The company will reveal its new Sailfish OS and Jolla user interface on Wednesday morning at the two-day Slush conference, which brings together startups from Northern Europe and Russia.
The event will mark the revival of the work Nokia Corp. (NYSE: NOK) started on the MeeGo operating system before it ditched the platform in favor of Microsoft Corp. (Nasdaq: MSFT)'s Windows Phone OS. Indeed, Jolla (which means a small sailboat in the Finnish language) was founded by a band of former Nokia employees who worked together on Nokia's N9 smartphone and the MeeGo OS. (See Nokia Refugees Revive MeeGo.)
Details are scarce about the Sailfish OS and new user interface, which is why tomorrow's announcement is eagerly anticipated. And while Jolla will reveal the OS and the user interface specifications, the startup has not yet specified the launch date for a device running the Sailfish OS.
But here's what we do know about Jolla and Sailfish so far:
- There will be three parts to Jolla's business: It will manufacture smartphones in order to lead the Sailfish ecosystem; it will license the OS to other device original equipment manufacturers (OEMs); and it will enter into revenue-sharing deals for the services it plans to introduce for Sailfish devices.
- The company is headquartered in Helsinki and has an R&D facility in Tampere, Finland, but it recently established an industry alliance in Hong Kong to develop a version of Sailfish for the Chinese market. (See Startup Jolla Revives MeeGo in China .)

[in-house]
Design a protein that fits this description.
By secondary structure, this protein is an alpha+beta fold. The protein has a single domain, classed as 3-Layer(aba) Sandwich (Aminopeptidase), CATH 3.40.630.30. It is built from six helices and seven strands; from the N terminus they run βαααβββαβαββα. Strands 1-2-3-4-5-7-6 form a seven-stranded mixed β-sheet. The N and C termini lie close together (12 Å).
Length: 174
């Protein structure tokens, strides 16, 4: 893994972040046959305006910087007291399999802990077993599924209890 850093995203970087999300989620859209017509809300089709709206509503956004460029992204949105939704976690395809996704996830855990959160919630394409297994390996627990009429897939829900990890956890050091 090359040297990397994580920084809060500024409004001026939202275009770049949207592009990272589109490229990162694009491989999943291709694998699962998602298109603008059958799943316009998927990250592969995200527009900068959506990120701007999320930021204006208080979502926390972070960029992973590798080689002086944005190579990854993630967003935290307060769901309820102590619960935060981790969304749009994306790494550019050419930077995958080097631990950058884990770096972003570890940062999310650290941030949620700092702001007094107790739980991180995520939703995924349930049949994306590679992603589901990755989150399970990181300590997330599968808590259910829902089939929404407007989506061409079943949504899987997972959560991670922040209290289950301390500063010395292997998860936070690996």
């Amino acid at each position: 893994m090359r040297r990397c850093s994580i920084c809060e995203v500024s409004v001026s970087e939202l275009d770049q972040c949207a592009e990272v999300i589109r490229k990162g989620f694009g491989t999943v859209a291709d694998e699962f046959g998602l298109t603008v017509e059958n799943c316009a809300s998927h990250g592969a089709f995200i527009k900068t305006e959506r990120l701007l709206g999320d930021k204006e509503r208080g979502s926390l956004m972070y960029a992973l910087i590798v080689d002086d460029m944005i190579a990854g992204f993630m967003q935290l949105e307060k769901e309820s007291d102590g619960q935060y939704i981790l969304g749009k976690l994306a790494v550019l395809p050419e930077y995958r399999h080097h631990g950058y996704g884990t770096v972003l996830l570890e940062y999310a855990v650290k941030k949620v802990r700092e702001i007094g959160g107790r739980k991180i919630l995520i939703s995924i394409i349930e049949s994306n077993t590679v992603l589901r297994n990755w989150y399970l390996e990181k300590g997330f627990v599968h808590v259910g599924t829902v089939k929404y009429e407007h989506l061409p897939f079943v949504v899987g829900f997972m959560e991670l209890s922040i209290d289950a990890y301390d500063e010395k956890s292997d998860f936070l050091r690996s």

- Jolla has partnered with China's largest phone retailer, D.Phone Group.
- Sailfish is not exactly MeeGo, but based on MeeGo. It builds on the work of open-source programs including the Qt Project and Mer Core.
- Sailfish is not just for smartphones; the OS is also designed for set-top boxes, TVs and tablets.
- In October, Jolla COO Marc Dillon took over the CEO job from Jussi Hurmola, who is now focused on Sailfish strategy. Dillon was previously Nokia's principal engineer for MeeGo.
The big questions for Jolla that ought to be answered tomorrow are: How will this new OS be different from Apple Inc. (Nasdaq: AAPL)'s iOS, Google (Nasdaq: GOOG)'s Android, Windows Phone and other alternative open-source platforms? And how will Jolla attract developers to create compelling applications and mobile operators to back its devices?
— Michelle Donegan, European Editor, Light Reading Mobile